Cultured Meat

Cultured Meat

Cultured Meat

Cultured or in vitro meat, also called “clean meat” by its supporters, is meat produced in a laboratory using bioengineering techniques. Cultured meat is meat produced by in vitro cell culture of animal cells, instead of from slaughtered animals. It is a form of cellular agriculture. If meat can be made without raising animals, health and environmental benefits could be huge. The challenge is to make cultured meat at scale and affordable enough for everyone. To satisfy the increasing demand for food by the growing human population, cultured meat is presented by its advocates as a good alternative for consumers who want to be more responsible but do not wish to change their diet. Cultured Beef is created by painlessly harvesting muscle cells from a living cow. Scientists then feed and nurture the cells so they multiply to create muscle tissue, which is the main component of the meat we eat.

“Cultured meat is meat produced by in vitro cell culture of animal cells, instead of from slaughtered animals. It is a form of cellular agriculture.”

The science behind growing meat without animals is fairly simple. Growing the cells that form cultured meat is not hugely different from other ‘cell culture’ methods that biologists have used to study cells since the early 1900s. Cultured meat is produced using many of the same tissue engineering techniques traditionally used in regenerative medicine. The concept of cultured meat was popularized by Jason Matheny in the early 2000s after co-authoring a seminal paper on cultured meat production and creating New Harvest, the world’s first non-profit organization dedicated to supporting in vitro meat research. Moreover, it has been suggested that the nutritional content of cultured meat can be controlled by adjusting fat composites used in the medium of production. The meat can then be processed using standard food technologies, for example by putting them through a meat grinder to make ground beef.

Cultured Beef is created by painlessly harvesting muscle cells from a living cow

Animal welfare is a major focus of concern in some parts of our modern society. For example, Mark Post observed that there is an increasing trend of awareness of animal welfare among the Western community. In 2013, Mark Post, a professor at Maastricht University, was the first to showcase a proof-of-concept for cultured meat by creating the first burger patty grown directly from cells. Since then, several cultured meat prototypes have gained media attention: however, because of limited dedicated research activities, cultured meat has not yet been commercialized, although several plants for the production of cultured meat are already being built. Because cultured meat is not yet commercially available, it has yet to be seen whether consumers will accept cultured meat as meat. However, nowadays, issues of animal welfare concern mainly cattle feedlots and pig and poultry industrial production units. Indeed, with their very high animal concentrations and associated economies of scale, such industrial units also compete strongly with smallholder farms, which are declining worldwide.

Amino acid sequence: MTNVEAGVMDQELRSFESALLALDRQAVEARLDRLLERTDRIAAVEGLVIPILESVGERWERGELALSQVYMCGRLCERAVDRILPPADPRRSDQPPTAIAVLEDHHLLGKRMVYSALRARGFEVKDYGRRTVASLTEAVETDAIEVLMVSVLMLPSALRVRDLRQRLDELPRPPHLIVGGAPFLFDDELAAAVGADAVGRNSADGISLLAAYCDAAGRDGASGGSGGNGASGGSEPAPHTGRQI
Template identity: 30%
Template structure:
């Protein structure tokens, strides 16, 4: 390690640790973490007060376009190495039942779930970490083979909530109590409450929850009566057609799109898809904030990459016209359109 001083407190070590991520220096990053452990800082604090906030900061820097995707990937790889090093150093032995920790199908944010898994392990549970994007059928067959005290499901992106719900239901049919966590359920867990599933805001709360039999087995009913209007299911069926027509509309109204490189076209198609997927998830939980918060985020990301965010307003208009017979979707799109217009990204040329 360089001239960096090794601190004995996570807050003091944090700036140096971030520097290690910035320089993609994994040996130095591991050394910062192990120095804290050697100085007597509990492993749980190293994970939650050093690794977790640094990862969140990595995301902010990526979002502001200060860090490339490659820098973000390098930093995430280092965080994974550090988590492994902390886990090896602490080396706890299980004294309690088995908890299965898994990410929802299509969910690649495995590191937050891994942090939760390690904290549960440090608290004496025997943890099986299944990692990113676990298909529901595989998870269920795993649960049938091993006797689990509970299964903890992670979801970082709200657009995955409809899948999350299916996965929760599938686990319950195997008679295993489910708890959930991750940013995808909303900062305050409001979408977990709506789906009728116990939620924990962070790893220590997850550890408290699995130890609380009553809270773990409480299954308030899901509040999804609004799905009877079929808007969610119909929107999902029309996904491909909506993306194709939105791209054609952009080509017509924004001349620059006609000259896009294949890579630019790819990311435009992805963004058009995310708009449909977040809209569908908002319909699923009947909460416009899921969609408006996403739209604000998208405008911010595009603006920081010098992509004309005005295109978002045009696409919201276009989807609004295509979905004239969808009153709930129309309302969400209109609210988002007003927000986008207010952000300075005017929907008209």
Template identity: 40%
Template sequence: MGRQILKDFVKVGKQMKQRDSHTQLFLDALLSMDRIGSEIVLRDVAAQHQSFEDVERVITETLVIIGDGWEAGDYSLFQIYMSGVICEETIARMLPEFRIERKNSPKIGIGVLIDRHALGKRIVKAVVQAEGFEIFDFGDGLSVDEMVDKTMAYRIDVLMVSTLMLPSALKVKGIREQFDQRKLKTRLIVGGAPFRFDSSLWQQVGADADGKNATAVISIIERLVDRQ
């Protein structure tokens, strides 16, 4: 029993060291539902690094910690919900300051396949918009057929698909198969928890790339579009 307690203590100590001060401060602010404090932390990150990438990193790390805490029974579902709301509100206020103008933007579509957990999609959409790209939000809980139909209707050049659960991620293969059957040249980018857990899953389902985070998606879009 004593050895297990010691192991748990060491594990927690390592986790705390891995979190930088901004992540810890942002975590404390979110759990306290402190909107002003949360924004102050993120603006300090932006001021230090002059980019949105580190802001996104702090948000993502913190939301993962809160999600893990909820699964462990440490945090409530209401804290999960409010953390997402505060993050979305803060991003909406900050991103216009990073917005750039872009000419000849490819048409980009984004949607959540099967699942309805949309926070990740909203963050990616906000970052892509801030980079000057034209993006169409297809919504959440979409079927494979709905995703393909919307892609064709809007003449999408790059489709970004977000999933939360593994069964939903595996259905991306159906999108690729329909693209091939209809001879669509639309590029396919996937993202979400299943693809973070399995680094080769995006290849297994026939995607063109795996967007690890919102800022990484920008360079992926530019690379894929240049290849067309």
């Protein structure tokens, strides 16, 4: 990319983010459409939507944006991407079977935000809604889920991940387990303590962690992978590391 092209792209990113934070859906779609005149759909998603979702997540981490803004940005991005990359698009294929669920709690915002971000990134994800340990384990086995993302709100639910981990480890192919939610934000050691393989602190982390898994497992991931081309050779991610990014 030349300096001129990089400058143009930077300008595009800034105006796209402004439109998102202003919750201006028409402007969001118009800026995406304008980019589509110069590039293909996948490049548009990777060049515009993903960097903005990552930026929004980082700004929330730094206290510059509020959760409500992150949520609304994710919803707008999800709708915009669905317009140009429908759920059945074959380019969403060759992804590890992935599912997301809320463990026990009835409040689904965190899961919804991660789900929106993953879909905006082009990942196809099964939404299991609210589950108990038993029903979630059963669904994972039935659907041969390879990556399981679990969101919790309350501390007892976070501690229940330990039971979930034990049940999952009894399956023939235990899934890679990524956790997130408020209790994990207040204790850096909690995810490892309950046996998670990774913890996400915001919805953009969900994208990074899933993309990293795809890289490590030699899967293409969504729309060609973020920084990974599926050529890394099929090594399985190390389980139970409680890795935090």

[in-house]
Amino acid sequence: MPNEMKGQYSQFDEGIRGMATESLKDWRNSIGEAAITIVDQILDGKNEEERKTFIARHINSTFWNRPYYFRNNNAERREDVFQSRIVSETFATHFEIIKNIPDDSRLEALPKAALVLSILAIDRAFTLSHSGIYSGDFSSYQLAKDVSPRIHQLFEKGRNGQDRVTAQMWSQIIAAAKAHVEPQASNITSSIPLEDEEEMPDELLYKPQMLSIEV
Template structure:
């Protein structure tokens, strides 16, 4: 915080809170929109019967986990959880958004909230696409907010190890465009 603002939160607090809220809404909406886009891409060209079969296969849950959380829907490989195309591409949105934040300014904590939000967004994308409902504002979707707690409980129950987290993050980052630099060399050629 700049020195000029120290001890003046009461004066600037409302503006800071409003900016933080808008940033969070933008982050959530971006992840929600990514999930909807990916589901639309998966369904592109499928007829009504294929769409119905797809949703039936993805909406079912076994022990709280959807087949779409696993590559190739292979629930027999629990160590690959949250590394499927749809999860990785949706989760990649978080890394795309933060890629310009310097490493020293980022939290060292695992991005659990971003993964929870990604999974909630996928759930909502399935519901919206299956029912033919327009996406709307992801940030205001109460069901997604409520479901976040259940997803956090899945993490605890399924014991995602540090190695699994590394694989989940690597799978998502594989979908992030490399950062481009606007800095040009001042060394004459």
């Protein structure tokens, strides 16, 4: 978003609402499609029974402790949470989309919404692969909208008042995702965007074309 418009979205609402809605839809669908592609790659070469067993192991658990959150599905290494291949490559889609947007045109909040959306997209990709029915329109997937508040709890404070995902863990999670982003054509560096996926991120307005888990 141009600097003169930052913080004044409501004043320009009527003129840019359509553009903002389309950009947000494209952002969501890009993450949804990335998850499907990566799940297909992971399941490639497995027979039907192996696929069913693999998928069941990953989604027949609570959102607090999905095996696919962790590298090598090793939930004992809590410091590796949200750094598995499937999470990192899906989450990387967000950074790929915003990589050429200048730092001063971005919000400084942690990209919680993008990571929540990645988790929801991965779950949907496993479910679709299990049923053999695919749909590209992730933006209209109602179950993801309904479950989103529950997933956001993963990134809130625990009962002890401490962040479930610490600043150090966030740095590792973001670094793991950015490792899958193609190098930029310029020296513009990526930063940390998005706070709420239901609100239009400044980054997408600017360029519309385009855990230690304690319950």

Cultured meat is produced using some of the same technologies biologists have used for decades to grow animal cells. The process of making cultured meat is similar to making livestock meat, except the cells grow outside the animal’s body. The production process still has much room for improvement, but it has advanced under various companies. The cells that are taken are called “myosatellite” cells, which are the stem cells of muscles. The function of these stem cells within the animal is to create new muscle tissue when the muscle is injured. It is this inherent talent of the stem cells that is utilized in making cultured meat.  Its applications lead it to have several prospective moral, health, environmental, cultural, and economic considerations in comparison to conventional meat. The Food and Agriculture Organization of the United Nations (FAO) estimates that the demand for meat is going to increase by more than two-thirds in the next 40 years and current production methods are not sustainable. In the near future, both meat and other staple foods are likely to become expensive luxury items, thanks to the increased demand on crops for meat production, unless we find a sustainable alternative.